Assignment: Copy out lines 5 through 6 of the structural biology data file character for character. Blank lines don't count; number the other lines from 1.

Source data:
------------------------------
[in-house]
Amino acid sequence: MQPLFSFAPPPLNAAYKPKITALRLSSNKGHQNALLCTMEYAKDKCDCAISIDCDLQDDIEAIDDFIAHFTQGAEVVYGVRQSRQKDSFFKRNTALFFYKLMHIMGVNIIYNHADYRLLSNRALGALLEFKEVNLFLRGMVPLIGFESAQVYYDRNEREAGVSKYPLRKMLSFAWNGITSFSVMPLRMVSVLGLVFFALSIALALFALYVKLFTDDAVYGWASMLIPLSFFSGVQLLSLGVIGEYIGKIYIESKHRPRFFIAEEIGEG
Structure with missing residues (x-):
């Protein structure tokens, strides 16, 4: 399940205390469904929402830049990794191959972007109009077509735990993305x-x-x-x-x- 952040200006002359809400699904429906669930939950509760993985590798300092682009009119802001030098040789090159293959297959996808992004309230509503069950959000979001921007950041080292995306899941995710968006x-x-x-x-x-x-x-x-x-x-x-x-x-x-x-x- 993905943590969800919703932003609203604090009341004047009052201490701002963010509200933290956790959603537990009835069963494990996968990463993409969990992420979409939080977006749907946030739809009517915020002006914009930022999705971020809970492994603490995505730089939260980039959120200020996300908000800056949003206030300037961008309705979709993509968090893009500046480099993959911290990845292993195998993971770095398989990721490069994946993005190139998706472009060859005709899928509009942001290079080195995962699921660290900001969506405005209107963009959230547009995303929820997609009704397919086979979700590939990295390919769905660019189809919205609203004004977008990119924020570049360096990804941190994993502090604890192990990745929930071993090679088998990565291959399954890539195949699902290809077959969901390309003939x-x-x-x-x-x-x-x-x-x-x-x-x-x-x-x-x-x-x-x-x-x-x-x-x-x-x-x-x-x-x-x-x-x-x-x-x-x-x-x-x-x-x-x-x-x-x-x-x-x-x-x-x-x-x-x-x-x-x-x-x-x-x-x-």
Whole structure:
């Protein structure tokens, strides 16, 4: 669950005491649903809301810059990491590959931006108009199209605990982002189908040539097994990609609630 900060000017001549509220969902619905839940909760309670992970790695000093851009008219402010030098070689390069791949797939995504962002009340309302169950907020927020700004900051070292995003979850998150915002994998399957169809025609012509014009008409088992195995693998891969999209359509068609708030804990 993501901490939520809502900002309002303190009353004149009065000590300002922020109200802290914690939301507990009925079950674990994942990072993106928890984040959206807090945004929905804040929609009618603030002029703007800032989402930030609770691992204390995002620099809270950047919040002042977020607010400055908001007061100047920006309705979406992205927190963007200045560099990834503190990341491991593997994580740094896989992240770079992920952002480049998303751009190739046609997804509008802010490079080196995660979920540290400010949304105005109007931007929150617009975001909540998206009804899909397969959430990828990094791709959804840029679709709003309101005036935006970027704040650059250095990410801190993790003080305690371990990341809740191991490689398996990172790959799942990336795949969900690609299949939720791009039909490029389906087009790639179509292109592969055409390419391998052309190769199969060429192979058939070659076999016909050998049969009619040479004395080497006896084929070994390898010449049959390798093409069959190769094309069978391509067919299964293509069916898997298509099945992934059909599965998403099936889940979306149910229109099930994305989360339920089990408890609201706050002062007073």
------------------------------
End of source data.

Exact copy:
Whole structure:
């Protein structure tokens, strides 16, 4: 669950005491649903809301810059990491590959931006108009199209605990982002189908040539097994990609609630 900060000017001549509220969902619905839940909760309670992970790695000093851009008219402010030098070689390069791949797939995504962002009340309302169950907020927020700004900051070292995003979850998150915002994998399957169809025609012509014009008409088992195995693998891969999209359509068609708030804990 993501901490939520809502900002309002303190009353004149009065000590300002922020109200802290914690939301507990009925079950674990994942990072993106928890984040959206807090945004929905804040929609009618603030002029703007800032989402930030609770691992204390995002620099809270950047919040002042977020607010400055908001007061100047920006309705979406992205927190963007200045560099990834503190990341491991593997994580740094896989992240770079992920952002480049998303751009190739046609997804509008802010490079080196995660979920540290400010949304105005109007931007929150617009975001909540998206009804899909397969959430990828990094791709959804840029679709709003309101005036935006970027704040650059250095990410801190993790003080305690371990990341809740191991490689398996990172790959799942990336795949969900690609299949939720791009039909490029389906087009790639179509292109592969055409390419391998052309190769199969060429192979058939070659076999016909050998049969009619040479004395080497006896084929070994390898010449049959390798093409069959190769094309069978391509067919299964293509069916898997298509099945992934059909599965998403099936889940979306149910229109099930994305989360339920089990408890609201706050002062007073």